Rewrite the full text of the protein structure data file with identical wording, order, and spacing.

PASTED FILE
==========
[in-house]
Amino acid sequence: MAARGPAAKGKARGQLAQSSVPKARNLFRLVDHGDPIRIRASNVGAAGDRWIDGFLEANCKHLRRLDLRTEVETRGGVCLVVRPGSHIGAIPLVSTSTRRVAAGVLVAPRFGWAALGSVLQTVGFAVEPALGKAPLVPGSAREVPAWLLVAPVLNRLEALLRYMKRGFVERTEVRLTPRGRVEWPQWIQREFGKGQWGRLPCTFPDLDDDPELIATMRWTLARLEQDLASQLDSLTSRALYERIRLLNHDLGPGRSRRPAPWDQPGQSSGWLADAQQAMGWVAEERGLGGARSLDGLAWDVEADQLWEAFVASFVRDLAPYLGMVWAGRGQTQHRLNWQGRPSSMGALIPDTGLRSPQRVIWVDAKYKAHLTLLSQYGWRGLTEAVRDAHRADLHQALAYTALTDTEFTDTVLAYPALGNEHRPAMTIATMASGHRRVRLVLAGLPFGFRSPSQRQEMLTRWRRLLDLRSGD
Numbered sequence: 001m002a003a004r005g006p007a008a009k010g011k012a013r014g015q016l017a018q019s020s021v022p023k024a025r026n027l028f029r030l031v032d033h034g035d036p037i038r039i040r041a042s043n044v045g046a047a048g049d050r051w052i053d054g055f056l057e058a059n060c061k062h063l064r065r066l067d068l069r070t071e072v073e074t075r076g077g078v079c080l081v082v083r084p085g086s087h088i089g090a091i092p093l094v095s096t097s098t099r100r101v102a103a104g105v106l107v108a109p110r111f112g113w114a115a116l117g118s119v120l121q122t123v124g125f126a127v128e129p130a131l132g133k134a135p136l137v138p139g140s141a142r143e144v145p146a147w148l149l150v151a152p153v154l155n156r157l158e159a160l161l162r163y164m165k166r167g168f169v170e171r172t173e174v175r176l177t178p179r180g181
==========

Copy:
[in-house]
Amino acid sequence: MAARGPAAKGKARGQLAQSSVPKARNLFRLVDHGDPIRIRASNVGAAGDRWIDGFLEANCKHLRRLDLRTEVETRGGVCLVVRPGSHIGAIPLVSTSTRRVAAGVLVAPRFGWAALGSVLQTVGFAVEPALGKAPLVPGSAREVPAWLLVAPVLNRLEALLRYMKRGFVERTEVRLTPRGRVEWPQWIQREFGKGQWGRLPCTFPDLDDDPELIATMRWTLARLEQDLASQLDSLTSRALYERIRLLNHDLGPGRSRRPAPWDQPGQSSGWLADAQQAMGWVAEERGLGGARSLDGLAWDVEADQLWEAFVASFVRDLAPYLGMVWAGRGQTQHRLNWQGRPSSMGALIPDTGLRSPQRVIWVDAKYKAHLTLLSQYGWRGLTEAVRDAHRADLHQALAYTALTDTEFTDTVLAYPALGNEHRPAMTIATMASGHRRVRLVLAGLPFGFRSPSQRQEMLTRWRRLLDLRSGD
Numbered sequence: 001m002a003a004r005g006p007a008a009k010g011k012a013r014g015q016l017a018q019s020s021v022p023k024a025r026n027l028f029r030l031v032d033h034g035d036p037i038r039i040r041a042s043n044v045g046a047a048g049d050r051w052i053d054g055f056l057e058a059n060c061k062h063l064r065r066l067d068l069r070t071e072v073e074t075r076g077g078v079c080l081v082v083r084p085g086s087h088i089g090a091i092p093l094v095s096t097s098t099r100r101v102a103a104g105v106l107v108a109p110r111f112g113w114a115a116l117g118s119v120l121q122t123v124g125f126a127v128e129p130a131l132g133k134a135p136l137v138p139g140s141a142r143e144v145p146a147w148l149l150v151a152p153v154l155n156r157l158e159a160l161l162r163y164m165k166r167g168f169v170e171r172t173e174v175r176l177t178p179r180g181